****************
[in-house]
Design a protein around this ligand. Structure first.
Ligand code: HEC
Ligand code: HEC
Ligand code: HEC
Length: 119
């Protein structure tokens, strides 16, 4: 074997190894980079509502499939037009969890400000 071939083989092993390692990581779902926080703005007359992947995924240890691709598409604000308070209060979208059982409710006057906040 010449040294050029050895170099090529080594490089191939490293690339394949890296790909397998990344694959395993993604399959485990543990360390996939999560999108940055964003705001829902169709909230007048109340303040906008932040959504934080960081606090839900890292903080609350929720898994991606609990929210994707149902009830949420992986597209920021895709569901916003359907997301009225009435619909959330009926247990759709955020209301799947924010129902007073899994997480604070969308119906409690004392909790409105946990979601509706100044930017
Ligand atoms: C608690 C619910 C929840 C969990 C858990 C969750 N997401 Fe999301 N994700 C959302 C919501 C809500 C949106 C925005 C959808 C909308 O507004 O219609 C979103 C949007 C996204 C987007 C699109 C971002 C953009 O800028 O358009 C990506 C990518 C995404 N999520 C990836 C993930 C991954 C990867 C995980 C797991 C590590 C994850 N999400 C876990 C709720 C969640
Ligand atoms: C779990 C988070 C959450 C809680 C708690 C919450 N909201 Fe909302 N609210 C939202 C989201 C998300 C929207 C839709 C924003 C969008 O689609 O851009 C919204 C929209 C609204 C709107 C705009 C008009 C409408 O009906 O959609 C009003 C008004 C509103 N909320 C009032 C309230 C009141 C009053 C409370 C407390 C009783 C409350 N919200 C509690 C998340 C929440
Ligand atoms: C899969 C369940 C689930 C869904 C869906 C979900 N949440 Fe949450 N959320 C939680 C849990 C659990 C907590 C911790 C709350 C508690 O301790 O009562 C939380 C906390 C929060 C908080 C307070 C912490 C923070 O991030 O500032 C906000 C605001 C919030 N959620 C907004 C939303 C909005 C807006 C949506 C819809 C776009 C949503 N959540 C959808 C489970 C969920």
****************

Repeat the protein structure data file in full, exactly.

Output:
[in-house]
Design a protein around this ligand. Structure first.
Ligand code: HEC
Ligand code: HEC
Ligand code: HEC
Length: 119
């Protein structure tokens, strides 16, 4: 074997190894980079509502499939037009969890400000 071939083989092993390692990581779902926080703005007359992947995924240890691709598409604000308070209060979208059982409710006057906040 010449040294050029050895170099090529080594490089191939490293690339394949890296790909397998990344694959395993993604399959485990543990360390996939999560999108940055964003705001829902169709909230007048109340303040906008932040959504934080960081606090839900890292903080609350929720898994991606609990929210994707149902009830949420992986597209920021895709569901916003359907997301009225009435619909959330009926247990759709955020209301799947924010129902007073899994997480604070969308119906409690004392909790409105946990979601509706100044930017
Ligand atoms: C608690 C619910 C929840 C969990 C858990 C969750 N997401 Fe999301 N994700 C959302 C919501 C809500 C949106 C925005 C959808 C909308 O507004 O219609 C979103 C949007 C996204 C987007 C699109 C971002 C953009 O800028 O358009 C990506 C990518 C995404 N999520 C990836 C993930 C991954 C990867 C995980 C797991 C590590 C994850 N999400 C876990 C709720 C969640
Ligand atoms: C779990 C988070 C959450 C809680 C708690 C919450 N909201 Fe909302 N609210 C939202 C989201 C998300 C929207 C839709 C924003 C969008 O689609 O851009 C919204 C929209 C609204 C709107 C705009 C008009 C409408 O009906 O959609 C009003 C008004 C509103 N909320 C009032 C309230 C009141 C009053 C409370 C407390 C009783 C409350 N919200 C509690 C998340 C929440
Ligand atoms: C899969 C369940 C689930 C869904 C869906 C979900 N949440 Fe949450 N959320 C939680 C849990 C659990 C907590 C911790 C709350 C508690 O301790 O009562 C939380 C906390 C929060 C908080 C307070 C912490 C923070 O991030 O500032 C906000 C605001 C919030 N959620 C907004 C939303 C909005 C807006 C949506 C819809 C776009 C949503 N959540 C959808 C489970 C969920």